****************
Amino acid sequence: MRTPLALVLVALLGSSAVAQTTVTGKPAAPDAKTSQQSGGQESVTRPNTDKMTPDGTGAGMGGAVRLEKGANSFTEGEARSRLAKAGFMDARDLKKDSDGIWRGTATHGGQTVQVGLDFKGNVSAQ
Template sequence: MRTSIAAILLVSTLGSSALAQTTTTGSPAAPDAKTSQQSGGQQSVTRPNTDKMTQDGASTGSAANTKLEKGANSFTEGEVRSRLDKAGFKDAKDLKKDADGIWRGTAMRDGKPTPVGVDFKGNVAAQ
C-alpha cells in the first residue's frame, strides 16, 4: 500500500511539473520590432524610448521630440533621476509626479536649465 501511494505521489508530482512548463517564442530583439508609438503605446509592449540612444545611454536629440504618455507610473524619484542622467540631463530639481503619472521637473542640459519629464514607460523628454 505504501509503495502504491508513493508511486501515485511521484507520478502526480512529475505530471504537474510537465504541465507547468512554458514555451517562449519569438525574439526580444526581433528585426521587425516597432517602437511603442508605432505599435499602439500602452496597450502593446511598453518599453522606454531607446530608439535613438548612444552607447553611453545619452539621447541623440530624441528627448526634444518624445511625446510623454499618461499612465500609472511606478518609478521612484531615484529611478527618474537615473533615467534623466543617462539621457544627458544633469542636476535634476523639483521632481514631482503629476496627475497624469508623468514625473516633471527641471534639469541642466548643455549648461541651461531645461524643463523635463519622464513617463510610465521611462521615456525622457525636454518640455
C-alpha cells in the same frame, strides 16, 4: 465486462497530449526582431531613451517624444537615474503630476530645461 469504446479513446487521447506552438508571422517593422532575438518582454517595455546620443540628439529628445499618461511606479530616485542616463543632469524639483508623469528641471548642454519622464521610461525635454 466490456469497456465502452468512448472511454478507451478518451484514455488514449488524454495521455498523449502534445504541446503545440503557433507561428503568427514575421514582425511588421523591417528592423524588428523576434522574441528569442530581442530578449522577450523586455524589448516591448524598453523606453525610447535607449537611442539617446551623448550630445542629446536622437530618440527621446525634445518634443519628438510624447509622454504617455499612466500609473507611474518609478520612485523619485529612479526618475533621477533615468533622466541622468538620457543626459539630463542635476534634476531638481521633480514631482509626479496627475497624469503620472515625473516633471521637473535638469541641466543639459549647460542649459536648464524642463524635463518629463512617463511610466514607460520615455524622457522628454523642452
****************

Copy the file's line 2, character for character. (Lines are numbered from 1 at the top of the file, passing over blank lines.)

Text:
Template sequence: MRTSIAAILLVSTLGSSALAQTTTTGSPAAPDAKTSQQSGGQQSVTRPNTDKMTQDGASTGSAANTKLEKGANSFTEGEVRSRLDKAGFKDAKDLKKDADGIWRGTAMRDGKPTPVGVDFKGNVAAQ